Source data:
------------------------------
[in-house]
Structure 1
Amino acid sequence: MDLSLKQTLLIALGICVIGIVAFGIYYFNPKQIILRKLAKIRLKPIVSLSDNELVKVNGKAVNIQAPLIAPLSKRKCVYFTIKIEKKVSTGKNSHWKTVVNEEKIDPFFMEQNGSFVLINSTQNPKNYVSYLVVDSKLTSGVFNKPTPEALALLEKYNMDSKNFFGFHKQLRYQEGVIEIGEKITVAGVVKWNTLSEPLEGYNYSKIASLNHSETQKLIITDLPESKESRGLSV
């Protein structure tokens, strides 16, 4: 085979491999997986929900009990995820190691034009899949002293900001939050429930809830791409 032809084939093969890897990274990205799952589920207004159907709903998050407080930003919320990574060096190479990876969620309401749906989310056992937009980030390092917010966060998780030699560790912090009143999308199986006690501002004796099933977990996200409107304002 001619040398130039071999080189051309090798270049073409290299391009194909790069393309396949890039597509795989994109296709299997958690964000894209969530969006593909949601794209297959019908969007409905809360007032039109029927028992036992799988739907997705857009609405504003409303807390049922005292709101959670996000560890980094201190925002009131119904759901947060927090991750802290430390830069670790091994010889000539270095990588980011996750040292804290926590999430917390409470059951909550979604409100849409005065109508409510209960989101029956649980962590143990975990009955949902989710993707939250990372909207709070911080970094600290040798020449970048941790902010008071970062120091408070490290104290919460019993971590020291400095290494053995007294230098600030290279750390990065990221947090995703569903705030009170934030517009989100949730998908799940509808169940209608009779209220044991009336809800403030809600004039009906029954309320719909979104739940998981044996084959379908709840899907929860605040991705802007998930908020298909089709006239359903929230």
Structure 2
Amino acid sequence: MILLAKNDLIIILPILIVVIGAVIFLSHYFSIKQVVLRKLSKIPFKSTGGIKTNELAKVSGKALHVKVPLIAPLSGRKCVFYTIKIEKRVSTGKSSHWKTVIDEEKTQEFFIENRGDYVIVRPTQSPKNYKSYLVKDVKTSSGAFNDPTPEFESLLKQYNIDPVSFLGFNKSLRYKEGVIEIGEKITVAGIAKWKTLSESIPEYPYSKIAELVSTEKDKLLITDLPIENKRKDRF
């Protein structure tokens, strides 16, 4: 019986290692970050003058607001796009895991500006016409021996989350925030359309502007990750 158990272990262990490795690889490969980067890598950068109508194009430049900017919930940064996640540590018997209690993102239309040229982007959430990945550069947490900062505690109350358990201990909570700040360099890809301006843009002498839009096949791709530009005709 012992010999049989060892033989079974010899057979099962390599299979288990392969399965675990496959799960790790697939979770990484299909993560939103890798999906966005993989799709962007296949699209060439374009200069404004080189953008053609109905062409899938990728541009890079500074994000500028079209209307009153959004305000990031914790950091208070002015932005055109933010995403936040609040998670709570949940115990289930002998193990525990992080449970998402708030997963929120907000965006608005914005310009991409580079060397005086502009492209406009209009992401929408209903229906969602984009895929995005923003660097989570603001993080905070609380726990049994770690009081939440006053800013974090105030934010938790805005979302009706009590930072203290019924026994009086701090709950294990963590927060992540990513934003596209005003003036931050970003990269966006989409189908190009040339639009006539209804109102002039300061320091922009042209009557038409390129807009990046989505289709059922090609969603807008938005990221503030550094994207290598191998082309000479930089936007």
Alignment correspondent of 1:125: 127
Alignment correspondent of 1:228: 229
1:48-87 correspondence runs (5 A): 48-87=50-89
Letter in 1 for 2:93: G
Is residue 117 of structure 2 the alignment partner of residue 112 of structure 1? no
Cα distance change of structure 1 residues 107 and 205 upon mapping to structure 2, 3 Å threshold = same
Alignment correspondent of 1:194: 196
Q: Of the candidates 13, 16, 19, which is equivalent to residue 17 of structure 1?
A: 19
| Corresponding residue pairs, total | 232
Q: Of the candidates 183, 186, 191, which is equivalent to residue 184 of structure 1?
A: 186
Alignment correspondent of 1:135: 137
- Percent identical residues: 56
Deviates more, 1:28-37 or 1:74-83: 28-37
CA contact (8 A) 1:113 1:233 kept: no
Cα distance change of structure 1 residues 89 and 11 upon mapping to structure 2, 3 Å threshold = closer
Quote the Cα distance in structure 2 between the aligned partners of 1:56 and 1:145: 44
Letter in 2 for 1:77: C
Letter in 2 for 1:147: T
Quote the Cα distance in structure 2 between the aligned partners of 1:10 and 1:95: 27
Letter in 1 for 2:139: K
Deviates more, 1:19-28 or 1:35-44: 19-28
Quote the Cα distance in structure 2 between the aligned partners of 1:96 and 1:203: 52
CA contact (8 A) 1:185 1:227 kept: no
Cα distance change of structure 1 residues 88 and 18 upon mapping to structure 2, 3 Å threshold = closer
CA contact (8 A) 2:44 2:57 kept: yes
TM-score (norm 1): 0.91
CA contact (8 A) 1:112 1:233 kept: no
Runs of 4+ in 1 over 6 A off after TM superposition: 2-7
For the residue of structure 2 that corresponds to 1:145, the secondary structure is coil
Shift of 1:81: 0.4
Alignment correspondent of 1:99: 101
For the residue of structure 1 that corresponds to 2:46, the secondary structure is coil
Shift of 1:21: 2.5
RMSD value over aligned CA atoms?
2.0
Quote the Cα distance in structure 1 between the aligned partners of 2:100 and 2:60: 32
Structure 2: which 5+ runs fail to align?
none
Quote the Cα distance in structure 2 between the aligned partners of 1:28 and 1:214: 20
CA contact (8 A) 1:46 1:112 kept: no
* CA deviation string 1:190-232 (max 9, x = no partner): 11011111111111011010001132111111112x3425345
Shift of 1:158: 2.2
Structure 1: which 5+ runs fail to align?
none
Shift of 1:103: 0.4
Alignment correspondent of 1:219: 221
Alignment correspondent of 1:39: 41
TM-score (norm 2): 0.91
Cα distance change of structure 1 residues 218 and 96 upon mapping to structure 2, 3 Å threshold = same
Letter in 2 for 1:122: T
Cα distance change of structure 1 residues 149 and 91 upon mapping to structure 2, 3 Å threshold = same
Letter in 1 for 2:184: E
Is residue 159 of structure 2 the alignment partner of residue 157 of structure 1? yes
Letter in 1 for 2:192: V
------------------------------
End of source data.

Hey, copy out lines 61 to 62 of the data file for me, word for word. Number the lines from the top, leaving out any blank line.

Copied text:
Letter in 1 for 2:184: E
Is residue 159 of structure 2 the alignment partner of residue 157 of structure 1? yes